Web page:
© 2016 Elsevier B.V. Two-stage systems have been proposed to overcome the drawbacks associated to the implementation of the autotrophic biological nitrogen removal process in the mainstream of urban wastewater treatment plants. In this study, an upflow anammox sludge blanket (UAnSB) reactor was successfully operated for 325 days treating a low-strength synthetic influent mimicking mainstream conditions. A nitrogen loading rate of up to 1.8 ± 0.2 g N L−1d−1was achieved at 26 °C and the nitrogen removal rate obtained (1.7 ± 0.1 g N L−1d−1) resulted considerably higher than most of the previously reported values for systems treating low-strength wastewater at similar temperatures. Fluorescence in situ hybridization analysis showed a high enrichment in the anammox specie Candidatus Brocadia anammoxidans during the whole operation. The evolution of the granule diameter was followed throughout the operation of the UAnSB reactor and a direct correlation of the average granule diameter with the liquid upflow velocity (Vup) was established, being the higher the Vup, the bigger the granules. A stable granule diameter of 790 ± 40 μm was achieved by maintaining a Vupof 1.0 ± 0.1 m h−1. The low VupSapplied avoid the use of effluent recirculation which would present a huge inconvenient to implement UAnSB reactors at real scale, however these low VupSled to external mass transfer problems in the reactor. In spite of the mass transfer limitations, not only a high specific anammox activity (0.26 ± 0.02 g N g−1VS d−1) was achieved in the UASB reactor but also a high nitrogen removal (80 ± 3%).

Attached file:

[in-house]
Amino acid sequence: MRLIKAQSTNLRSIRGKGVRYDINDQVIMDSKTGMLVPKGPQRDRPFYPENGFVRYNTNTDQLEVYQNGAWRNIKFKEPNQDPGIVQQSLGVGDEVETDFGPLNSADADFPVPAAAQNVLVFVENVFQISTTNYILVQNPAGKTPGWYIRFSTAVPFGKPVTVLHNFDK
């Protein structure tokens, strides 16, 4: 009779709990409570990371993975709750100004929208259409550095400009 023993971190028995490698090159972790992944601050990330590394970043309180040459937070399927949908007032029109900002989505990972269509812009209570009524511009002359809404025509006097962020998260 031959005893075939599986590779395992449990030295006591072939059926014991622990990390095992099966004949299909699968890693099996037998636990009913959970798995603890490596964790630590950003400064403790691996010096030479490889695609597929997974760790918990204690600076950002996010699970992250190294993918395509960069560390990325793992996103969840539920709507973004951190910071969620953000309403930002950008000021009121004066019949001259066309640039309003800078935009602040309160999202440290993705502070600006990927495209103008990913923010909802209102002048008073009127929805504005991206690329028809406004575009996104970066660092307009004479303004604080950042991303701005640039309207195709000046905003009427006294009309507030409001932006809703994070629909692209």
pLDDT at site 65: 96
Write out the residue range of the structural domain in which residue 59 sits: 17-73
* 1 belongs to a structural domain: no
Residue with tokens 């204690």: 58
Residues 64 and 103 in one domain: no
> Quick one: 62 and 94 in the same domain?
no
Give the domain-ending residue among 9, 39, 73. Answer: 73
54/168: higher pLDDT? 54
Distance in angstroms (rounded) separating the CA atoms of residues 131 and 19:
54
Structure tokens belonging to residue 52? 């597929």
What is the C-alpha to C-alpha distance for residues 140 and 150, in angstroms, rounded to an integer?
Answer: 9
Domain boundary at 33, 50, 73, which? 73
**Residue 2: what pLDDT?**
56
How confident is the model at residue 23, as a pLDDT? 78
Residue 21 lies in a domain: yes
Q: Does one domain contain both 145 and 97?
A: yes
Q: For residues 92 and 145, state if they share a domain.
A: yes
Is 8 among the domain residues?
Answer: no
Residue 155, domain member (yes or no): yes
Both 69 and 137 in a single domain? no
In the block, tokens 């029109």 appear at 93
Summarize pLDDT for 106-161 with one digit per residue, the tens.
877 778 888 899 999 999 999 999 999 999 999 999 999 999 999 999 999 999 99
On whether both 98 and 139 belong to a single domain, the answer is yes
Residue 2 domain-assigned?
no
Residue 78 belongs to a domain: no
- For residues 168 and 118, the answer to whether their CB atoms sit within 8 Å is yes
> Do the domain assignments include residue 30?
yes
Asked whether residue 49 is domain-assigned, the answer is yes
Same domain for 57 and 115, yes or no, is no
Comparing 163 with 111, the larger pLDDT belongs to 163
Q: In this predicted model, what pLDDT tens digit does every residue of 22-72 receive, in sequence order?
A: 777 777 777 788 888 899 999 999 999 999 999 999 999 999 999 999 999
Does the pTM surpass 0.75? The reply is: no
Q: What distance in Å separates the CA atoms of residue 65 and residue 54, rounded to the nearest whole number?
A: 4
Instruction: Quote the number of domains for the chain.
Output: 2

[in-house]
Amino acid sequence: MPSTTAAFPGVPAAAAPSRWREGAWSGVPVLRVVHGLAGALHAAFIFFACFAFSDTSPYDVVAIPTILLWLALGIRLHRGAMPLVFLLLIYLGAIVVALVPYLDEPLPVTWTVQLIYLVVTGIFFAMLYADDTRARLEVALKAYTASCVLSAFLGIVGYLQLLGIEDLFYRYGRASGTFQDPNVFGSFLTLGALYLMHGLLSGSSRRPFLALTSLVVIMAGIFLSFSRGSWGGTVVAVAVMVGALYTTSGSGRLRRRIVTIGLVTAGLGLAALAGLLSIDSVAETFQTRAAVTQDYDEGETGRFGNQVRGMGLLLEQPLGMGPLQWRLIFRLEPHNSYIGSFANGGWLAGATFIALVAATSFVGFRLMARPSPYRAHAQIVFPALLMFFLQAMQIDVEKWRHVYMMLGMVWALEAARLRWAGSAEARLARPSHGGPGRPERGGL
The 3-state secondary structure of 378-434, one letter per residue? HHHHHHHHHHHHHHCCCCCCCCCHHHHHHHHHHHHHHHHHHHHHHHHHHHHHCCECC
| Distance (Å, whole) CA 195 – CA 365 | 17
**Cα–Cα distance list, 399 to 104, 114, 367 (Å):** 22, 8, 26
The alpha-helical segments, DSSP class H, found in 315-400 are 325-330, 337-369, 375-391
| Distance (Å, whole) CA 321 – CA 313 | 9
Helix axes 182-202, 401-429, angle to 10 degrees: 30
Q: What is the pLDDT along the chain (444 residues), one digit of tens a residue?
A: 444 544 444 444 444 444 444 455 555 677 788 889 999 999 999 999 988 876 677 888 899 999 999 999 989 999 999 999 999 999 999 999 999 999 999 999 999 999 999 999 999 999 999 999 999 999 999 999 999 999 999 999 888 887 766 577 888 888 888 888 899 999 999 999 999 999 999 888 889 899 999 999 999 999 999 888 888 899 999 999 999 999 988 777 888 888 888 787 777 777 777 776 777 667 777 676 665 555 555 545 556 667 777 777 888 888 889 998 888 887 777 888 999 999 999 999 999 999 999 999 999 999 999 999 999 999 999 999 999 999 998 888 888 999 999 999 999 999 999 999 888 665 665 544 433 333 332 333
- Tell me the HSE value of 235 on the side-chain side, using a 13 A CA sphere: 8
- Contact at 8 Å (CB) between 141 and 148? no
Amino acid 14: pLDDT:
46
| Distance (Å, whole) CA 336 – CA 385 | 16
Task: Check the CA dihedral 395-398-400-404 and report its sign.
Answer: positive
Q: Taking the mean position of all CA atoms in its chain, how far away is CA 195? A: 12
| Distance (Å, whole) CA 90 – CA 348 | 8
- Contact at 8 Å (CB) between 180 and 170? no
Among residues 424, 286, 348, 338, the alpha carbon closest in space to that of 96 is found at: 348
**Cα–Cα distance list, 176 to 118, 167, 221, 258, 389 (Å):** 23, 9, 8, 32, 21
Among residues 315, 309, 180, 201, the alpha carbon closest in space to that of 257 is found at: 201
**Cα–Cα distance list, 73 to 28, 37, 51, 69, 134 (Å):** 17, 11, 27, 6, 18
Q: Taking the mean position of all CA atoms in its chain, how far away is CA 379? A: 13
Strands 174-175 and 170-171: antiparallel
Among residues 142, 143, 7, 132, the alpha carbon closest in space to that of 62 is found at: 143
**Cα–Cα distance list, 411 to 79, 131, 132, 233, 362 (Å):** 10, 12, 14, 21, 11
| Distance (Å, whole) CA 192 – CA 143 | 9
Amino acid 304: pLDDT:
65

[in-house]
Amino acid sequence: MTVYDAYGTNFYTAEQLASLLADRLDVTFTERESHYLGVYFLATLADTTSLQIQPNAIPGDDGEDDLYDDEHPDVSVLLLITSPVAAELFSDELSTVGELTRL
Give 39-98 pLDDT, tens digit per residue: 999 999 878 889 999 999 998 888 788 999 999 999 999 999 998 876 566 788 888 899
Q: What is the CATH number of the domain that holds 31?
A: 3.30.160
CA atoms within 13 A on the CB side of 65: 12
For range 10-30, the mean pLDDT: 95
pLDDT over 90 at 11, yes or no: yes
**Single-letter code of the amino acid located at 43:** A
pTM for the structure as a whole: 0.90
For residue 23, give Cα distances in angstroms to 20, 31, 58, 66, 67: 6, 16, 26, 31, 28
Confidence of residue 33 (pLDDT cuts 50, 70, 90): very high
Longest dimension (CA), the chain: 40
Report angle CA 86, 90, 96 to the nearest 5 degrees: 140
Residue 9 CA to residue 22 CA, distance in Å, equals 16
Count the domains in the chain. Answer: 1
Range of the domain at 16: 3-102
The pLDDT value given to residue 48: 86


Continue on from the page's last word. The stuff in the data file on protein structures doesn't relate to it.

- Boundary layer
- Upflow velocity